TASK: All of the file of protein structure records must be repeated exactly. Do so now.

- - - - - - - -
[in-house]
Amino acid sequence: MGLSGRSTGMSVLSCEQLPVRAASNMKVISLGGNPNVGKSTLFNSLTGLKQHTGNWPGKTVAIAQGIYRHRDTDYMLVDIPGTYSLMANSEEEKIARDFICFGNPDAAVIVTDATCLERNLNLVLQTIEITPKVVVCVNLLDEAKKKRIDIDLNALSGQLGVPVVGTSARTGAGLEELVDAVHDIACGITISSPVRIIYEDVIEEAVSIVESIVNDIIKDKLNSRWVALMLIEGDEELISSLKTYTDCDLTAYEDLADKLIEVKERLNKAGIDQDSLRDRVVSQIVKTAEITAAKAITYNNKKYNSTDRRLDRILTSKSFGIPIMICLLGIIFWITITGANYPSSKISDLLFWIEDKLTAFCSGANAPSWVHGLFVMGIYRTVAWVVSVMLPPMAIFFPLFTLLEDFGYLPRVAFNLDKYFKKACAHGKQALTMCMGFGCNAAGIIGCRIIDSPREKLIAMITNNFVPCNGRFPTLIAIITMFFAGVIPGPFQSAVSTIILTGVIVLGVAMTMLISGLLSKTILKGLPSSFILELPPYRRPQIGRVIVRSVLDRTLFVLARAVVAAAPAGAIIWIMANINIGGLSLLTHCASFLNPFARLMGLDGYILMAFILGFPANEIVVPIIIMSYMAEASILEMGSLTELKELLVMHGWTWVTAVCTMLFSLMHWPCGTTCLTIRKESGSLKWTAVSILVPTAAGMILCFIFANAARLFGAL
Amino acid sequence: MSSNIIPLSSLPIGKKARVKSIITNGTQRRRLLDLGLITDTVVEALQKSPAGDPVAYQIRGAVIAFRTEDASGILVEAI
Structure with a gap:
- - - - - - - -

[in-house]
Amino acid sequence: MGLSGRSTGMSVLSCEQLPVRAASNMKVISLGGNPNVGKSTLFNSLTGLKQHTGNWPGKTVAIAQGIYRHRDTDYMLVDIPGTYSLMANSEEEKIARDFICFGNPDAAVIVTDATCLERNLNLVLQTIEITPKVVVCVNLLDEAKKKRIDIDLNALSGQLGVPVVGTSARTGAGLEELVDAVHDIACGITISSPVRIIYEDVIEEAVSIVESIVNDIIKDKLNSRWVALMLIEGDEELISSLKTYTDCDLTAYEDLADKLIEVKERLNKAGIDQDSLRDRVVSQIVKTAEITAAKAITYNNKKYNSTDRRLDRILTSKSFGIPIMICLLGIIFWITITGANYPSSKISDLLFWIEDKLTAFCSGANAPSWVHGLFVMGIYRTVAWVVSVMLPPMAIFFPLFTLLEDFGYLPRVAFNLDKYFKKACAHGKQALTMCMGFGCNAAGIIGCRIIDSPREKLIAMITNNFVPCNGRFPTLIAIITMFFAGVIPGPFQSAVSTIILTGVIVLGVAMTMLISGLLSKTILKGLPSSFILELPPYRRPQIGRVIVRSVLDRTLFVLARAVVAAAPAGAIIWIMANINIGGLSLLTHCASFLNPFARLMGLDGYILMAFILGFPANEIVVPIIIMSYMAEASILEMGSLTELKELLVMHGWTWVTAVCTMLFSLMHWPCGTTCLTIRKESGSLKWTAVSILVPTAAGMILCFIFANAARLFGAL
Amino acid sequence: MSSNIIPLSSLPIGKKARVKSIITNGTQRRRLLDLGLITDTVVEALQKSPAGDPVAYQIRGAVIAFRTEDASGILVEAI
Structure with a gap: